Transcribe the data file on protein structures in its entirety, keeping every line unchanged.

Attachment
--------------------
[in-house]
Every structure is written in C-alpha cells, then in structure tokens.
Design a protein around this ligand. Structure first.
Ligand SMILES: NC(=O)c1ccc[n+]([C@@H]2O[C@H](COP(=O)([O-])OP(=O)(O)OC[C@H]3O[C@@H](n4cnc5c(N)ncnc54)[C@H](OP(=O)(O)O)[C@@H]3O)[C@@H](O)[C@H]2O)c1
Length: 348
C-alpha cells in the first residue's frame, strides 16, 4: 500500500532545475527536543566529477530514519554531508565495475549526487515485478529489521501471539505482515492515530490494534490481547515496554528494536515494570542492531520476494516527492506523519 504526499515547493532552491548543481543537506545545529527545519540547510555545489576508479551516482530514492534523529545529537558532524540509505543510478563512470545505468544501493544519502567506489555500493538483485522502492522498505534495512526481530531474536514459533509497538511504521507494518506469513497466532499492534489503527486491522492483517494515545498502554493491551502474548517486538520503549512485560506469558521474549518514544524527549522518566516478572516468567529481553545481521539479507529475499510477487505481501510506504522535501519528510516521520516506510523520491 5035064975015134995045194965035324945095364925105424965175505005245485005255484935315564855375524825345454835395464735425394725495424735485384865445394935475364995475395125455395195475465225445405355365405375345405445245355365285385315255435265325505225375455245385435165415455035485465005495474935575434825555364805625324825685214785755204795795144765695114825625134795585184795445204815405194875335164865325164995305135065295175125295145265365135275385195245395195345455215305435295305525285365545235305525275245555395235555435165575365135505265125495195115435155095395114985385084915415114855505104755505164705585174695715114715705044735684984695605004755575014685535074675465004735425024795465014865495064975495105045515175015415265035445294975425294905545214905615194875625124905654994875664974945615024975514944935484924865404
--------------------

[in-house]
Every structure is written in C-alpha cells, then in structure tokens.
Design a protein around this ligand. Structure first.
Ligand SMILES: NC(=O)c1ccc[n+]([C@@H]2O[C@H](COP(=O)([O-])OP(=O)(O)OC[C@H]3O[C@@H](n4cnc5c(N)ncnc54)[C@H](OP(=O)(O)O)[C@@H]3O)[C@@H](O)[C@H]2O)c1
Length: 348
C-alpha cells in the first residue's frame, strides 16, 4: 500500500532545475527536543566529477530514519554531508565495475549526487515485478529489521501471539505482515492515530490494534490481547515496554528494536515494570542492531520476494516527492506523519 504526499515547493532552491548543481543537506545545529527545519540547510555545489576508479551516482530514492534523529545529537558532524540509505543510478563512470545505468544501493544519502567506489555500493538483485522502492522498505534495512526481530531474536514459533509497538511504521507494518506469513497466532499492534489503527486491522492483517494515545498502554493491551502474548517486538520503549512485560506469558521474549518514544524527549522518566516478572516468567529481553545481521539479507529475499510477487505481501510506504522535501519528510516521520516506510523520491 5035064975015134995045194965035324945095364925105424965175505005245485005255484935315564855375524825345454835395464735425394725495424735485384865445394935475364995475395125455395195475465225445405355365405375345405445245355365285385315255435265325505225375455245385435165415455035485465005495474935575434825555364805625324825685214785755204795795144765695114825625134795585184795445204815405194875335164865325164995305135065295175125295145265365135275385195245395195345455215305435295305525285365545235305525275245555395235555435165575365135505265125495195115435155095395114985385084915415114855505104755505164705585174695715114715705044735684984695605004755575014685535074675465004735425024795465014865495064975495105045515175015415265035445294975425294905545214905615194875625124905654994875664974945615024975514944935484924865404